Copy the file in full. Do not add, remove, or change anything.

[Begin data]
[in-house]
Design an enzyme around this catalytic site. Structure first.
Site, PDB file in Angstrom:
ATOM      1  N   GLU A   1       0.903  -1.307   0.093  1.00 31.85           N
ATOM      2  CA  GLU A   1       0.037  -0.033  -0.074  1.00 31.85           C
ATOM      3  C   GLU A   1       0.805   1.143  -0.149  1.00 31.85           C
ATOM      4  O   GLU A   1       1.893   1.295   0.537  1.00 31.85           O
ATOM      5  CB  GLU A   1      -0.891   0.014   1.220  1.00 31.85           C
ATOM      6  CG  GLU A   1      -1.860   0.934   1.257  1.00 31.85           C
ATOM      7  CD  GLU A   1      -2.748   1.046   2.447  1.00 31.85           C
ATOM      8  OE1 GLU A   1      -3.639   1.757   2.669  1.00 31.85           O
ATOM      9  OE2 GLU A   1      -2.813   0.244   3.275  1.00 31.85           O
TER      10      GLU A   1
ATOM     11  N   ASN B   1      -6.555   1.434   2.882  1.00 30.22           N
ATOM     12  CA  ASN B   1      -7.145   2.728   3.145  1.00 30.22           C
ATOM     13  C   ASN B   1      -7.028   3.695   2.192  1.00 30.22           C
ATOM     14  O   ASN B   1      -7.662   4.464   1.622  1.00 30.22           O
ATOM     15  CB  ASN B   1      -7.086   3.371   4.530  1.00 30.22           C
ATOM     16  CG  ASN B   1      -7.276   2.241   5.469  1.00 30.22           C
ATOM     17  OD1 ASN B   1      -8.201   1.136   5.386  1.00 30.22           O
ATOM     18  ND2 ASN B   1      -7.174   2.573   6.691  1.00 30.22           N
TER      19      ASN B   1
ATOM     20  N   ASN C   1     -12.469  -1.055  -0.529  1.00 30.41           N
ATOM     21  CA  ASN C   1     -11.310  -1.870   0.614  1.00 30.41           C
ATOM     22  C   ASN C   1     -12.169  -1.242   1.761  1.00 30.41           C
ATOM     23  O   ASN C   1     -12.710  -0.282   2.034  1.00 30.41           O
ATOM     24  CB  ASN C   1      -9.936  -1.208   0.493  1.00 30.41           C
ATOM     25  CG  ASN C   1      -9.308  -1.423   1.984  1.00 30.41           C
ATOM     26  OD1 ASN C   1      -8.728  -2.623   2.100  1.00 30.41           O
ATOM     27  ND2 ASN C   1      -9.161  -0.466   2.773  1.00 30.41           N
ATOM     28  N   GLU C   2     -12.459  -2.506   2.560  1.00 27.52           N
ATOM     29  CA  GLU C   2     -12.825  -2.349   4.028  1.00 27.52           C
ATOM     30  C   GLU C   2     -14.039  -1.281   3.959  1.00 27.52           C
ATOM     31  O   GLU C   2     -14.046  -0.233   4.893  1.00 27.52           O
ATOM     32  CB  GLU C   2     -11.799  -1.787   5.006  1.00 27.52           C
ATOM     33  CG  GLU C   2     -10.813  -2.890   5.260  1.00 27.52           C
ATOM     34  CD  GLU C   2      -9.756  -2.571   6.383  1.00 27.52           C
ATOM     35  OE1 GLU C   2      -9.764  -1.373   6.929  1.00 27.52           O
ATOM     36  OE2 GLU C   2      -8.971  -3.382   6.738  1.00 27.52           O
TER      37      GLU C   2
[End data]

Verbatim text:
[in-house]
Design an enzyme around this catalytic site. Structure first.
Site, PDB file in Angstrom:
ATOM      1  N   GLU A   1       0.903  -1.307   0.093  1.00 31.85           N
ATOM      2  CA  GLU A   1       0.037  -0.033  -0.074  1.00 31.85           C
ATOM      3  C   GLU A   1       0.805   1.143  -0.149  1.00 31.85           C
ATOM      4  O   GLU A   1       1.893   1.295   0.537  1.00 31.85           O
ATOM      5  CB  GLU A   1      -0.891   0.014   1.220  1.00 31.85           C
ATOM      6  CG  GLU A   1      -1.860   0.934   1.257  1.00 31.85           C
ATOM      7  CD  GLU A   1      -2.748   1.046   2.447  1.00 31.85           C
ATOM      8  OE1 GLU A   1      -3.639   1.757   2.669  1.00 31.85           O
ATOM      9  OE2 GLU A   1      -2.813   0.244   3.275  1.00 31.85           O
TER      10      GLU A   1
ATOM     11  N   ASN B   1      -6.555   1.434   2.882  1.00 30.22           N
ATOM     12  CA  ASN B   1      -7.145   2.728   3.145  1.00 30.22           C
ATOM     13  C   ASN B   1      -7.028   3.695   2.192  1.00 30.22           C
ATOM     14  O   ASN B   1      -7.662   4.464   1.622  1.00 30.22           O
ATOM     15  CB  ASN B   1      -7.086   3.371   4.530  1.00 30.22           C
ATOM     16  CG  ASN B   1      -7.276   2.241   5.469  1.00 30.22           C
ATOM     17  OD1 ASN B   1      -8.201   1.136   5.386  1.00 30.22           O
ATOM     18  ND2 ASN B   1      -7.174   2.573   6.691  1.00 30.22           N
TER      19      ASN B   1
ATOM     20  N   ASN C   1     -12.469  -1.055  -0.529  1.00 30.41           N
ATOM     21  CA  ASN C   1     -11.310  -1.870   0.614  1.00 30.41           C
ATOM     22  C   ASN C   1     -12.169  -1.242   1.761  1.00 30.41           C
ATOM     23  O   ASN C   1     -12.710  -0.282   2.034  1.00 30.41           O
ATOM     24  CB  ASN C   1      -9.936  -1.208   0.493  1.00 30.41           C
ATOM     25  CG  ASN C   1      -9.308  -1.423   1.984  1.00 30.41           C
ATOM     26  OD1 ASN C   1      -8.728  -2.623   2.100  1.00 30.41           O
ATOM     27  ND2 ASN C   1      -9.161  -0.466   2.773  1.00 30.41           N
ATOM     28  N   GLU C   2     -12.459  -2.506   2.560  1.00 27.52           N
ATOM     29  CA  GLU C   2     -12.825  -2.349   4.028  1.00 27.52           C
ATOM     30  C   GLU C   2     -14.039  -1.281   3.959  1.00 27.52           C
ATOM     31  O   GLU C   2     -14.046  -0.233   4.893  1.00 27.52           O
ATOM     32  CB  GLU C   2     -11.799  -1.787   5.006  1.00 27.52           C
ATOM     33  CG  GLU C   2     -10.813  -2.890   5.260  1.00 27.52           C
ATOM     34  CD  GLU C   2      -9.756  -2.571   6.383  1.00 27.52           C
ATOM     35  OE1 GLU C   2      -9.764  -1.373   6.929  1.00 27.52           O
ATOM     36  OE2 GLU C   2      -8.971  -3.382   6.738  1.00 27.52           O
TER      37      GLU C   2